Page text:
When I was a kid, there was never a dull moment when my father was around. He was an engineer by trade who believed that you need to be passionate about what you do for a living. Was he ever!
As a kid, I lived and breathed working in the basement workshop with him. Whether it was etching our own circuit boards, building transmitters with war surplus parts or creating rocket engines out of stove pipe in the backyard – true story – my father was always up for a project that involved good ideas, the skill to make them work and the desire to do what was necessary to improve them.
Decades later, my father’s training is still paying off. There’s not as much time for circuit boards these days, and the neighbors frown on V-1 rocket engines mounted to picnic tables, but the concept of getting a project to perform well is paramount.
Offhand, I can’t think of a better example than the expansionary philosophy we’ve embraced at the SCTE. Over the past year, I’ve grappled with a challenge that’s been greater than anything my father ever threw at me: How to take an organization that has been a strong contributor to the cable industry over the years and make it even better.
I’ve been a great admirer of the SCTE throughout my career. As an equipment manufacturer, a cable operator and an active participant in the deployment of new technologies, I’ve appreciated how the SCTE’s standards processes and training programs can make our industry better. Also impressive has been the ability of the SCTE to maintain its grassroots feel and the camaraderie and information sharing among its members.
My challenge – really a tremendous opportunity – has been to build on the attributes that have made the SCTE so important to the industry, and to create an organization that is innovative and has a vision of the future needs. This is critical to building a value proposition that can attract and retain members in a sustainable business.
I’m fond of reminding folks to fasten their safety belts, and that’s certainly been the case in recent months. We lit the rocket before Cable-Tec Expo last year, and since then we’ve been whizzing past objectives. For the SCTE, the milestones have included: an enhanced relationship with the NCTA, CableLabs, CTAM and The Cable Center; also, energy management leadership, outreach to programmers, new educational tools and job aids, as well as conducting a CTO search to build notable engineering depth of knowledge at the SCTE.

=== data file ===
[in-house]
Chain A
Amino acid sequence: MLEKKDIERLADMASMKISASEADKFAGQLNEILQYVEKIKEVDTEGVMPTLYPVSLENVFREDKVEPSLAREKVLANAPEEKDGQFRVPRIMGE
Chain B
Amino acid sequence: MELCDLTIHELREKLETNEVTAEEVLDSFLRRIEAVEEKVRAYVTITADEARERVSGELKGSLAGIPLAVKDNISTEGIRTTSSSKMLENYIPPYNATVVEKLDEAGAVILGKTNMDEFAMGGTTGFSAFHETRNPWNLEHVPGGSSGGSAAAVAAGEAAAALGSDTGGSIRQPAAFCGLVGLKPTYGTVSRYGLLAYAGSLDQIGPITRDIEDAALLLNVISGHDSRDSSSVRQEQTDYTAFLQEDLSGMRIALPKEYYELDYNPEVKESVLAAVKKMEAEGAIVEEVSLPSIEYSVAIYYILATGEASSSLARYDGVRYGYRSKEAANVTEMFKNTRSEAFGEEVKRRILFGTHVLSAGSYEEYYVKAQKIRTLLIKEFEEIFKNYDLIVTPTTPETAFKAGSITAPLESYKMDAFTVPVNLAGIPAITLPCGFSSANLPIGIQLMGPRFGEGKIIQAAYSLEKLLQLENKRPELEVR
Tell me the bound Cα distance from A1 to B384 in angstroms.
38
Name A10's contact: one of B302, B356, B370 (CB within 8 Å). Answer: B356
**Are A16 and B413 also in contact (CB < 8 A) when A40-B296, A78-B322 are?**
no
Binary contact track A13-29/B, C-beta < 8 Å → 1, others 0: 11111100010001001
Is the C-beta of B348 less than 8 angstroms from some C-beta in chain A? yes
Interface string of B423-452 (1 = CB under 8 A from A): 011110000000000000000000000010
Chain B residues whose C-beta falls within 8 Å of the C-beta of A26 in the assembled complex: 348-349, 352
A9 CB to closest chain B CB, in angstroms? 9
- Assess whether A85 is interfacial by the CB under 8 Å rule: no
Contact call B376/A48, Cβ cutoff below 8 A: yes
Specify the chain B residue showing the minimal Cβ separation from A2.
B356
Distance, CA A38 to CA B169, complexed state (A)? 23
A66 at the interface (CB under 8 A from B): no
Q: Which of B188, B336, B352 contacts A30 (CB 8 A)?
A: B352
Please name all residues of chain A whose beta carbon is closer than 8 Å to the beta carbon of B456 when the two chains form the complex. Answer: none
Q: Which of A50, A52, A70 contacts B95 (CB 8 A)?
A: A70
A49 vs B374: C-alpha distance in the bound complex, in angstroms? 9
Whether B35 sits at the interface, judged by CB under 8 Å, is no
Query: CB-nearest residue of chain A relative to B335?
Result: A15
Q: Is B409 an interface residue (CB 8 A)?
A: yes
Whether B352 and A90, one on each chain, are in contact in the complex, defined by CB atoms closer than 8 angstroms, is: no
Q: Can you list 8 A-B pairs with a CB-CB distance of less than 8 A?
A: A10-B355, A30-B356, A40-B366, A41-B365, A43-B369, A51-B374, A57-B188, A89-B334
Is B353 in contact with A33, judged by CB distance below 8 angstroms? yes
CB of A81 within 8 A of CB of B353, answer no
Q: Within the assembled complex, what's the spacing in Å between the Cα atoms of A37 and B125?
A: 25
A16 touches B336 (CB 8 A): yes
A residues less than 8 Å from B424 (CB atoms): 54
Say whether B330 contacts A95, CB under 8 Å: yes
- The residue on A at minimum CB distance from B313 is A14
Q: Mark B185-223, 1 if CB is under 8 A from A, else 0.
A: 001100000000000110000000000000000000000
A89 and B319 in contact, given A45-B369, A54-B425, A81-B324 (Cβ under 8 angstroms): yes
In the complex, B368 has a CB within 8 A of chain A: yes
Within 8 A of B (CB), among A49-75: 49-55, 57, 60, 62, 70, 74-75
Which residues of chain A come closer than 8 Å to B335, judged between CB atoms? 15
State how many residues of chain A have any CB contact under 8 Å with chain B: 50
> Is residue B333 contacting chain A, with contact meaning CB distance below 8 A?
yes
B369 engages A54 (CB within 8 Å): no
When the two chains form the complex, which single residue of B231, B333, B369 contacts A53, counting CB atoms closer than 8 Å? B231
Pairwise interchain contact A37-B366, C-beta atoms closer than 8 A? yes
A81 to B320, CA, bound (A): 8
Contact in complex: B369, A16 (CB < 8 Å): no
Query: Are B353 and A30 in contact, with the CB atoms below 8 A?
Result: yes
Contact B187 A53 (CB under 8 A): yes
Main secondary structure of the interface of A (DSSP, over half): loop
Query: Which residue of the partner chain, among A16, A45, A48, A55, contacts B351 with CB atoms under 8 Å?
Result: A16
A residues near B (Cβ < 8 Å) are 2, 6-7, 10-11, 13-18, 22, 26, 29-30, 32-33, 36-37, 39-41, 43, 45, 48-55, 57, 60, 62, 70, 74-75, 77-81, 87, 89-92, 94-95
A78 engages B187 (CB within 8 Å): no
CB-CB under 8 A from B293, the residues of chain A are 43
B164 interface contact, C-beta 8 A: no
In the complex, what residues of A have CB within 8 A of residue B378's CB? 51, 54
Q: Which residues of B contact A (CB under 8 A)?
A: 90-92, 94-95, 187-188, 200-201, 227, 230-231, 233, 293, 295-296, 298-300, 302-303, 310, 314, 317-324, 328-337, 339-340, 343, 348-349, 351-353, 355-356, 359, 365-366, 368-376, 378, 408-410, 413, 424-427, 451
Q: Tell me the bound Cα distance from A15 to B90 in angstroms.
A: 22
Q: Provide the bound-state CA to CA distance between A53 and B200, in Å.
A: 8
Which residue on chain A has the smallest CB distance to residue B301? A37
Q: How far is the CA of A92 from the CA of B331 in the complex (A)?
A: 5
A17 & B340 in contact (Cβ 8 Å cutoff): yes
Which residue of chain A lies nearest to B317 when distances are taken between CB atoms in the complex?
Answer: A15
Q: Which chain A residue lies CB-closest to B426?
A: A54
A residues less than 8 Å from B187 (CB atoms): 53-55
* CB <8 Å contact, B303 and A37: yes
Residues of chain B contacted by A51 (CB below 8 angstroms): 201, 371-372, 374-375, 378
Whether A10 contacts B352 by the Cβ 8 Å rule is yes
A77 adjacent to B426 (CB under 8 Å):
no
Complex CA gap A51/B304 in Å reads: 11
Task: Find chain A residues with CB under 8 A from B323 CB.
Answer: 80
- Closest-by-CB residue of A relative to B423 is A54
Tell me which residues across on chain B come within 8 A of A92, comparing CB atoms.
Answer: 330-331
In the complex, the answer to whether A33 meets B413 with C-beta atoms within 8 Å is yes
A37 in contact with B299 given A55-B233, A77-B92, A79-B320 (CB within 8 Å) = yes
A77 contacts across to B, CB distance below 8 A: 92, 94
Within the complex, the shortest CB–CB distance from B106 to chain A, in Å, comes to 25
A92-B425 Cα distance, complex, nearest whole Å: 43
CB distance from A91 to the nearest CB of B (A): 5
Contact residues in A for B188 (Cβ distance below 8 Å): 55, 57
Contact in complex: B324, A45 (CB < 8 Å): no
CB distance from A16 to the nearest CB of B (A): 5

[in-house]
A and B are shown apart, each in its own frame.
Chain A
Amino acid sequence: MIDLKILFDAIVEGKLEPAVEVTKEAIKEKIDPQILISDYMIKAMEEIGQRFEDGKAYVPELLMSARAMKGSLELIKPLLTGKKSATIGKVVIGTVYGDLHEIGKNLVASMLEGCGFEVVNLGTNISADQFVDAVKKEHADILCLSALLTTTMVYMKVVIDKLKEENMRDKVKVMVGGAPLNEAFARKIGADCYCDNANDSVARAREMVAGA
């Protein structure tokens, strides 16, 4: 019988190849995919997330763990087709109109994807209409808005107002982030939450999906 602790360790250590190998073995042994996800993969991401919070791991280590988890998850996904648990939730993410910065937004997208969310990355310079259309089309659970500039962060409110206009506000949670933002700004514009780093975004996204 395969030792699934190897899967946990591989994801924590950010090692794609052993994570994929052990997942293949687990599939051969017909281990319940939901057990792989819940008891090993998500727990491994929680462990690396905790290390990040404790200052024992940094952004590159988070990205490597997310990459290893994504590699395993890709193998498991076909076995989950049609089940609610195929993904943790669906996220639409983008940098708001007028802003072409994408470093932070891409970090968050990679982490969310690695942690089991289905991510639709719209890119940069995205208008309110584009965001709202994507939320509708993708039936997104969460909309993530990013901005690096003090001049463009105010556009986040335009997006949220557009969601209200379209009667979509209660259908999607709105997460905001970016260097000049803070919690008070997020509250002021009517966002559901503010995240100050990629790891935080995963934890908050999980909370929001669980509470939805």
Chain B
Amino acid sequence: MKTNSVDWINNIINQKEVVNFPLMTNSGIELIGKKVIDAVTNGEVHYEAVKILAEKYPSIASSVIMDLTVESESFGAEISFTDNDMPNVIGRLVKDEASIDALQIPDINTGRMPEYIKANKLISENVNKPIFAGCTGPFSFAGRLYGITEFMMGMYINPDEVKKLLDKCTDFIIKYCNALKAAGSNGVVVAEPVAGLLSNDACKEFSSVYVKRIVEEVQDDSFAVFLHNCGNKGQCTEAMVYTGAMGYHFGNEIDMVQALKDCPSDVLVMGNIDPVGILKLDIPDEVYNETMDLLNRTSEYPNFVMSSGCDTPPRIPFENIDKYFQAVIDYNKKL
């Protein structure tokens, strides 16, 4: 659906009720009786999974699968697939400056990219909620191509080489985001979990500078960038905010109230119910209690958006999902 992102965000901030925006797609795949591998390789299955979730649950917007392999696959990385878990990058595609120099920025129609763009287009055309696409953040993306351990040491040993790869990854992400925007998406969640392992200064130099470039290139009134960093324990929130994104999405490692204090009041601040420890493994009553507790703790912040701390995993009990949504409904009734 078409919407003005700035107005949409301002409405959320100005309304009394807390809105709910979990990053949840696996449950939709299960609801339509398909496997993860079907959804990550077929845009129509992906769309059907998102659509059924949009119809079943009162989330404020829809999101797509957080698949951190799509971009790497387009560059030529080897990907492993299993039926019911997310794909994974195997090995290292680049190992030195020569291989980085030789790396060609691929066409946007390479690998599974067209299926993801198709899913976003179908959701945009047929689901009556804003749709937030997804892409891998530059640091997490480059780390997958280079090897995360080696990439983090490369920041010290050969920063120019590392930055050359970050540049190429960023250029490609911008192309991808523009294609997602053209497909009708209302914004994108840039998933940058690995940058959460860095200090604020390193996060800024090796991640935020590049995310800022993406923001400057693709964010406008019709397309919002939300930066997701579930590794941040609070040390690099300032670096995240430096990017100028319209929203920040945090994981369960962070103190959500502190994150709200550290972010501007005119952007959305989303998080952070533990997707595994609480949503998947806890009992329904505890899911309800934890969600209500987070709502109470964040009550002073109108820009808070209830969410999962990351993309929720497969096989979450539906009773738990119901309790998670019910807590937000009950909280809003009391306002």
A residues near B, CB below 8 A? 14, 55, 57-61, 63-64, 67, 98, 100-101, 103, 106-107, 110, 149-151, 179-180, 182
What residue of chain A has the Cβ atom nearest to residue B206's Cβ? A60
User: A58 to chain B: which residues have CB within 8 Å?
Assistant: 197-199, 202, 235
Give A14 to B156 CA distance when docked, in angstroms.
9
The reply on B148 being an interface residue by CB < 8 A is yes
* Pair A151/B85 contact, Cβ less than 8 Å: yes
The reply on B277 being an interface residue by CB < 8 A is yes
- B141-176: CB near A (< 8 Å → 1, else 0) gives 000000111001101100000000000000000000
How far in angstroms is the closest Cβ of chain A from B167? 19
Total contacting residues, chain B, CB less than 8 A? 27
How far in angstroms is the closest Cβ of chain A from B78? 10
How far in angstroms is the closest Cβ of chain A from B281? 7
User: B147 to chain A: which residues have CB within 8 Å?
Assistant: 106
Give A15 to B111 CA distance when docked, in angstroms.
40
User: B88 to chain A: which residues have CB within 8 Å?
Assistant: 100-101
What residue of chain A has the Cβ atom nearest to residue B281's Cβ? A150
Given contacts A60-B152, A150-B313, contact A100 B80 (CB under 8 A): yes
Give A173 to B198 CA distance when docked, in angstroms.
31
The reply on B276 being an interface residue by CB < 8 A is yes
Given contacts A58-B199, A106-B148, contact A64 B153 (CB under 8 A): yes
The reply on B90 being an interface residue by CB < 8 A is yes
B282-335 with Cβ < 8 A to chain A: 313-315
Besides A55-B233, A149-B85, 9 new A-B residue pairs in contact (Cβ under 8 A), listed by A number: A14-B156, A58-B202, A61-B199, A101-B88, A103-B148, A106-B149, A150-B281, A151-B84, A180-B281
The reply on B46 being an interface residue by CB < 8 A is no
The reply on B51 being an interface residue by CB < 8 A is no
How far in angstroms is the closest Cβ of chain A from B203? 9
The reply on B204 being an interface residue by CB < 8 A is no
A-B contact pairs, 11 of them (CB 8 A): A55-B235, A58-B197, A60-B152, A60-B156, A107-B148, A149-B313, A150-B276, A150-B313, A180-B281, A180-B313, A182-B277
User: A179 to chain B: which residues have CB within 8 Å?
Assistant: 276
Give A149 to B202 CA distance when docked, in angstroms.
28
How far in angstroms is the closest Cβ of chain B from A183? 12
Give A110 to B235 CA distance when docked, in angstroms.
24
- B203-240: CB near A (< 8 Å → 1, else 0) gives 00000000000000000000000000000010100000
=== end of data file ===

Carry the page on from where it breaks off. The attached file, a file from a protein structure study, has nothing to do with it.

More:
When you’re riding the rocket, sometimes you’re just hoping that you’re headed in the right direction, but our guidance system is more reliable than that. Everything we’ve done has been part of a high-octane fuel mix that’s a combination of board of directors’ input, the CTO advisory council and lots of member feedback. So with seat belts snapped in, here is a status report:
• Our relationships with the NCTA and CableLabs are stronger and more clearly defined than ever. Between the innovation of CableLabs, the policy expertise of the NCTA and our own strengths in applied science, we have covered many bases. If you attended any of the Spring Technical Forum sessions in Los Angeles last month, you know that the SCTE is driving the discussion of the issues that are shaping the industry’s future.
• Our Smart Energy Management Initiative has become a rocket of its own. Since we first brought up the issue with the Green Pavilion at Cable-Tec Expo last year, energy management has been a hot discussion topic. This is a new area where education can provide real, quantifiable results for our industry. We’ve barely scratched the surface, but already we’re seeing great value.
• For the SCTE to be a leading technical organization, we need a CTO. We’re hiring a well-regarded technologist who can interact on a peer level with the CTOs to the front-liners. It’s part of what my friends at TWC call “suits to boots” – meeting the needs of engineers and operations personnel from the field level to the corporate office.
• We also need to involve content providers in our processes. Many of the standards that our committees work hard to create – SCTE 130 is a great example – have a direct effect on how content providers do their business and generate revenue. We’re trying to do a better job of explaining to programmers why they should be at the table when standards are created. HBO and TBS just came aboard, so maybe we’re succeeding.
There are other developments in the works, but we only have 850 words here. In the months ahead, we’ll be using this space to discuss some of the issues that are critical to our industry and the initiatives the SCTE is undertaking to address them. Network operations. Educational and mentoring programs. And running efficient networks through our leadership in energy management.
They’re all part of our mission to expand the SCTE’s contributions to the industry. To carve a leadership position for the organization in applied sciences and the business of engineering. And to do it while preserving the core values that historically have been the backbone of the SCTE’s strength.
I’m just sorry my father can’t be along for the ride.